The cosmetic world has never been the same since Terry Fay began her multi-million dollar cosmetic company. Some call her the “Queen of Cosmetics,” and she is ready to crown a new Grand Exalted Omnipotent Superior Leader. Though the position is far below that of Terry Fay herself, it’s so important that one Terry Fay girl is dying to win.

SATURDAY – September 5, 2009
117 W 4th St, Austin, TX
Dinner & Show – ONLY $33.50!
Performance starts at 8 pm.
Price does not include tax/gratuity.
Reservations required:
(512) 825-1253

Come see me play Bambi Kulakowski: a wide-eyed, feather-brained, cosmetic pusher who believes everyone is (or with a little help, can be) beautiful.


This relentless heat and drought certainly contribute to my current crankiness. I have summer seasonal affective disorder. The sky may be blue, but spend a few minutes baking in my yard (a.k.a. the dustbowl). You'll understand why I'm moving at sloth speed and why any activity requiring me to leave the air-conditioning gives me a headache.

Stupid, bright, shiny, hot heat. Stupid drought.

My birthday is October 8. I want gravel for my birthday --lots and lots of gravel to cover this corner lot of dusty dirt that surrounds our otherwise cute house. Maybe some cacti would be good too, because Austin is turning into a desert. May as well embrace the aesthetic (or lack thereof).

Wednesday, August 19, 2009

Breaking Up is Hard to Do

After a trial separation, the blog and I have decided that we just can't live without each other. We've patched things up. We're getting back together. I mostly blame myself for the separation. I think I just needed a little alone-time. Absence made my heart grow fonder. I realized how much I missed the blog.

Here are a few things you may have missed during the separation:

Fox Services installed a brand new energy efficient air conditioner/furnace after the old, very loud electricity-sucker conked out. The new HVAC system was expensive, like trip to Europe for two expensive, but very much worth it as we now enjoy a steady, quiet 78 degrees inside and a 30% lower utility bill. We got a few rebate checks and will also get some kind of income tax credit for upgrading to an energy efficient model.

After completing a challenging acting class that ended with a talent showcase for casting directors and talent agents, I finally signed with a talent agent! Condra Artista represents me in San Antonio and Austin. I've been on two auditions already. Sadly, there aren't many film projects happening in the area lately. Thank goodness Friday Night Lights, the television show, will begin filming the fourth season here in September.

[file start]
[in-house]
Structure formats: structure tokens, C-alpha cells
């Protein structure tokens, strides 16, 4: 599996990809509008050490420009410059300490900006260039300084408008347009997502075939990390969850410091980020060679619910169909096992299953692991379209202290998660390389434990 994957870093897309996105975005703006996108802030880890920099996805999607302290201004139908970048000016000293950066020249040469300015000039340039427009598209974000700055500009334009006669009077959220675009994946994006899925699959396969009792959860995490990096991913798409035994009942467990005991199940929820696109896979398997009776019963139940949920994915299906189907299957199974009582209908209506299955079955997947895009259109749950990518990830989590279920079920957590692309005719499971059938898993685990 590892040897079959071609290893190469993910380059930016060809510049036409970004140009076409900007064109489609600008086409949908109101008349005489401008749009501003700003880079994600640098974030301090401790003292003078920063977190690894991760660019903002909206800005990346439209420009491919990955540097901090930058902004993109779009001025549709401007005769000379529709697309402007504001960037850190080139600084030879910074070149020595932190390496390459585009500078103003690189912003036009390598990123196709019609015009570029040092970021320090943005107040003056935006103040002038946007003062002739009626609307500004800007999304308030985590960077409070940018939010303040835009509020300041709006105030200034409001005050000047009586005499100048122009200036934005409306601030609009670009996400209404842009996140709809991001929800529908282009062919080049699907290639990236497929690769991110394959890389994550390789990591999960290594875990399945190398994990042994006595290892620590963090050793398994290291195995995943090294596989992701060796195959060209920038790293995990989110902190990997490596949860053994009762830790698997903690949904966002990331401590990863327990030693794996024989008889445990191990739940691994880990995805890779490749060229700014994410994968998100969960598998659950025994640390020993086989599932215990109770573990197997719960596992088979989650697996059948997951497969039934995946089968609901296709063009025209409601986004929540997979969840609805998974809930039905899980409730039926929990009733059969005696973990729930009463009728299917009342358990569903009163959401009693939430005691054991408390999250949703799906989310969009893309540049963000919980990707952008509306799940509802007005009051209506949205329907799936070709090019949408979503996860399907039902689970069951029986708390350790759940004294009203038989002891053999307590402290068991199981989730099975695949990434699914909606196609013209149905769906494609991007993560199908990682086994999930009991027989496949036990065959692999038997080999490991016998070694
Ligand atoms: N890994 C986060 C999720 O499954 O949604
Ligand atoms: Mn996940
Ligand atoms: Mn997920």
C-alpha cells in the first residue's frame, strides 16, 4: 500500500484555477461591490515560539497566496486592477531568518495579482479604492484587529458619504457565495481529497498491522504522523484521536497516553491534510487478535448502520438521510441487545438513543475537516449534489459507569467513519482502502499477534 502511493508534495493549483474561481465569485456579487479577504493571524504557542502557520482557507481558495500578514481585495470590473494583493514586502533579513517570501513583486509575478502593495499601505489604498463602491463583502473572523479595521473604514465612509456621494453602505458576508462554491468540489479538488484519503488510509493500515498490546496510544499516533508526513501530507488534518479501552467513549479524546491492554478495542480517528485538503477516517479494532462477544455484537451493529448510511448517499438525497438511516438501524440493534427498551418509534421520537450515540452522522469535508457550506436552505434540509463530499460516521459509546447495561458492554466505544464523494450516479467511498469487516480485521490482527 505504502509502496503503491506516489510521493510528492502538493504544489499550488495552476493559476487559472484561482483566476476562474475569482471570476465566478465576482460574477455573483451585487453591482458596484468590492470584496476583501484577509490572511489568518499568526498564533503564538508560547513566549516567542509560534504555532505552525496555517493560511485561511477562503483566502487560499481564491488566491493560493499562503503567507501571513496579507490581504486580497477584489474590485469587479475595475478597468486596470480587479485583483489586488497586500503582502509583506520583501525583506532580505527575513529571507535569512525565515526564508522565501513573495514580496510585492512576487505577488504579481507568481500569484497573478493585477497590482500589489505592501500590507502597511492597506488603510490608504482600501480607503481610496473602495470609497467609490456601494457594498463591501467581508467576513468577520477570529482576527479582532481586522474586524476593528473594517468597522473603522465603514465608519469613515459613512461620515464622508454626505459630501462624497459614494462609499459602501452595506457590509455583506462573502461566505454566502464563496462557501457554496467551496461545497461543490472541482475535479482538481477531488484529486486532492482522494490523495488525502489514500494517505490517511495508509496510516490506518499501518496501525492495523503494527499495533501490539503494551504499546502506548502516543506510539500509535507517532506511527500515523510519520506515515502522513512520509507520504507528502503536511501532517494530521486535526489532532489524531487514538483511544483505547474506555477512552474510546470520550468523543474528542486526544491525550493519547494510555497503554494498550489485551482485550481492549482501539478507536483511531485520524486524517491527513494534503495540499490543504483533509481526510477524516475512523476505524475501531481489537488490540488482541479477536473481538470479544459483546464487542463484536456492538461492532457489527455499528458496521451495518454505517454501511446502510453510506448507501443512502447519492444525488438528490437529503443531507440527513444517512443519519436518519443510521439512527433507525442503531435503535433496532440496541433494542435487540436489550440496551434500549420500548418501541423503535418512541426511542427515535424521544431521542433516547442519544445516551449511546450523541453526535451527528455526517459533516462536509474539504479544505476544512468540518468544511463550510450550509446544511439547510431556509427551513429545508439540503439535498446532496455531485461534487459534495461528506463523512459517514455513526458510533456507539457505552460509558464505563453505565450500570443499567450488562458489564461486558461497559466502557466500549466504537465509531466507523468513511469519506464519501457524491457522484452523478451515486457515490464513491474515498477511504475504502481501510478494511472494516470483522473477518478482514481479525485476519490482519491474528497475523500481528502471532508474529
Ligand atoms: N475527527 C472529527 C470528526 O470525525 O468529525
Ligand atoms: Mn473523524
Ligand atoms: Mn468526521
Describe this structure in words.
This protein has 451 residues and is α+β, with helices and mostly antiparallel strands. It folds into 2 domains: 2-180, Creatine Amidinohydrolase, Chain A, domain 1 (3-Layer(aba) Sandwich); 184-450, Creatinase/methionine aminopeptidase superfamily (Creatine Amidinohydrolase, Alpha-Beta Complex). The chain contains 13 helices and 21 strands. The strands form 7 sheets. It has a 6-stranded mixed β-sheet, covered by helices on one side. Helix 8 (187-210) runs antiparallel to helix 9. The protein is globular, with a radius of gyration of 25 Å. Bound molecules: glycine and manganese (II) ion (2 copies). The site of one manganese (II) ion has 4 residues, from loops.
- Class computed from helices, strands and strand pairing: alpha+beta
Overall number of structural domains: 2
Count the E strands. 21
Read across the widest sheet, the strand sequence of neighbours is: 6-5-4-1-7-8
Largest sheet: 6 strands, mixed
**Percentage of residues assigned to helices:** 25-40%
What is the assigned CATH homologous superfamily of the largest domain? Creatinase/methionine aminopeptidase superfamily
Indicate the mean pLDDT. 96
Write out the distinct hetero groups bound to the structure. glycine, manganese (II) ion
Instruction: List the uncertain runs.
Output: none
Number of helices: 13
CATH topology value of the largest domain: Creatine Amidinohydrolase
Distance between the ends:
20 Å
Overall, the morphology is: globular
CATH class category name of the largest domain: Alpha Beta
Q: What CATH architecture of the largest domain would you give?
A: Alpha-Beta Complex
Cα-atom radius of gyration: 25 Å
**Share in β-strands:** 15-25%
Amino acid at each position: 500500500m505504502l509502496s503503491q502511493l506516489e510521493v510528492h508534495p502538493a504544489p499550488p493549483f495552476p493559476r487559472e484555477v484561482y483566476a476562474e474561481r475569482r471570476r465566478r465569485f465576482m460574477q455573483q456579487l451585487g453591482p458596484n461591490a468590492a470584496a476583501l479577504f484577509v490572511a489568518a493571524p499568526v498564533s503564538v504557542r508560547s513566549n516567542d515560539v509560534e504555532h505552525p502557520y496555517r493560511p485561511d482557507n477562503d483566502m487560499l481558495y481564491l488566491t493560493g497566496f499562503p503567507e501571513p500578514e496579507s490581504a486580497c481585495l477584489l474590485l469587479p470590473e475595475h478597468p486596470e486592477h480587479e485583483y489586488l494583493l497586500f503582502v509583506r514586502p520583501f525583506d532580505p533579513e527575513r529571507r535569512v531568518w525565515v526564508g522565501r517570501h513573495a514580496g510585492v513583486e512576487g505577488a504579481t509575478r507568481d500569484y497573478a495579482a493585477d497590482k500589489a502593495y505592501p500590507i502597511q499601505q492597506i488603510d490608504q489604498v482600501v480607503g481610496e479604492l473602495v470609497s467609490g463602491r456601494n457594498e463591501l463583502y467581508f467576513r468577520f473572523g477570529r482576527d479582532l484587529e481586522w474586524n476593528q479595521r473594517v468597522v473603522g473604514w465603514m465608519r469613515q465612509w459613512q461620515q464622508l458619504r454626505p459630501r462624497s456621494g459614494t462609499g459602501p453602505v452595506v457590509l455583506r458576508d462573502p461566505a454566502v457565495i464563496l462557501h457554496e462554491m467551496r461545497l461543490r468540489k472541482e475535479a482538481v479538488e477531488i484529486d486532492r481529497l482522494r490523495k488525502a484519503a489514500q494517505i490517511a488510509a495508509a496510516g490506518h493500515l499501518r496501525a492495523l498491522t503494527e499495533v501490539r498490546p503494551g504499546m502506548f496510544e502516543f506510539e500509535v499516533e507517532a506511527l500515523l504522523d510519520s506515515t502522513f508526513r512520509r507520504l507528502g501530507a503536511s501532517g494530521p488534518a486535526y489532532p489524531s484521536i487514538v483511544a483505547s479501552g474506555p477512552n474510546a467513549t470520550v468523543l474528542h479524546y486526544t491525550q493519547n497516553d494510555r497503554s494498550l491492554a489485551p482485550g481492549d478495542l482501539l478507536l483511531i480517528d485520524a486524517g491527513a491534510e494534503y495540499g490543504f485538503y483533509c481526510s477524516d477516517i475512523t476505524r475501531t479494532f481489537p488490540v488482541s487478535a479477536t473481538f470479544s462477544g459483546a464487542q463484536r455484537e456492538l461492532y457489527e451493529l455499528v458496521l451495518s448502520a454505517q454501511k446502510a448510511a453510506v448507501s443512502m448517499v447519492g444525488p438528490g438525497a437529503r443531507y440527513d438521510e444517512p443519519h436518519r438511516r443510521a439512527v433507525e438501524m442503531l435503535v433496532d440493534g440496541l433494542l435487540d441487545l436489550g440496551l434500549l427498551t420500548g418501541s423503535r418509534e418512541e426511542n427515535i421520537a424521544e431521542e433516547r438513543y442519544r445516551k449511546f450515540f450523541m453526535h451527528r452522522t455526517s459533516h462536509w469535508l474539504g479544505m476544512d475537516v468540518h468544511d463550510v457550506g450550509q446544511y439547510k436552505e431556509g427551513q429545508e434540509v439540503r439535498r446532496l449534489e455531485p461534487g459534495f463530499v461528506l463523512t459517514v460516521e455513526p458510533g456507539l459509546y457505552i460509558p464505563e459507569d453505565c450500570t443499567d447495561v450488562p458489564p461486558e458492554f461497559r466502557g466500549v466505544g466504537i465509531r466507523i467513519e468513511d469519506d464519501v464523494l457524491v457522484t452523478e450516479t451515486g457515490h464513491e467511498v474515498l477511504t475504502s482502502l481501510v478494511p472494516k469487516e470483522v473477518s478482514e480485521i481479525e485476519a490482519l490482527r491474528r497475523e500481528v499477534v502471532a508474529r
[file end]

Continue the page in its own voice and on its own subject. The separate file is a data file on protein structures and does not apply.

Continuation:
Central Texas had the hottest month on record in July. We're also in the midst of the worst drought since the 1950s. Gardening and landscaping at the 1952 House have come to a standstill, except for a bumper crop of basil and these succulent flowers.

Chad and his business partners signed a lease on a small office for their new business. The office is an old house that was rezoned for commercial space. Chad's new commute clocks in at just under two miles. I'm so proud of Chad and his partners. These guys have exceeded my expectations by far! As a result of Chad's new office space, I don't have to share my desk anymore, but also don't find iced lattes waiting for me in the refrigerator.

Chad and I escaped to Estes Park, Colorado for a few days of cooler weather, a friend's lovely wedding reception and Rocky Mountains scenery. We stayed at the one-hundred-year-old Stanley Hotel. This lovely old hotel is reportedly haunted. Stephen King stayed at The Stanley Hotel and was inspired to write his bestselling book, The Shining after a few ghostly encounters there. Chad and I didn't see any ghosts, but the last morning we were there, someone gently shook my shoulder to wake me. I opened my eyes to see Chad fast asleep on the opposite side of our king-size bed. Our hotel room was locked up tight. I was just a touch scared, and slightly annoyed to get my ghostly wake-up call an hour and a half before I needed to be awake.

I took another fun sewing class at Stitch Lab, which is owned by my long-time friend and former Zach Scott Theatre coworker, Leslie Bonnell. I learned to make reusable grocery bags out of fabric remnants and old t-shirts.

Gravel. I'm done with trying to keep grass alive here.
New paint colors on the exterior trim of the house.
Public shows with my mystery dinner theater group at The Spaghetti Warehouse.

Saturday, May 23, 2009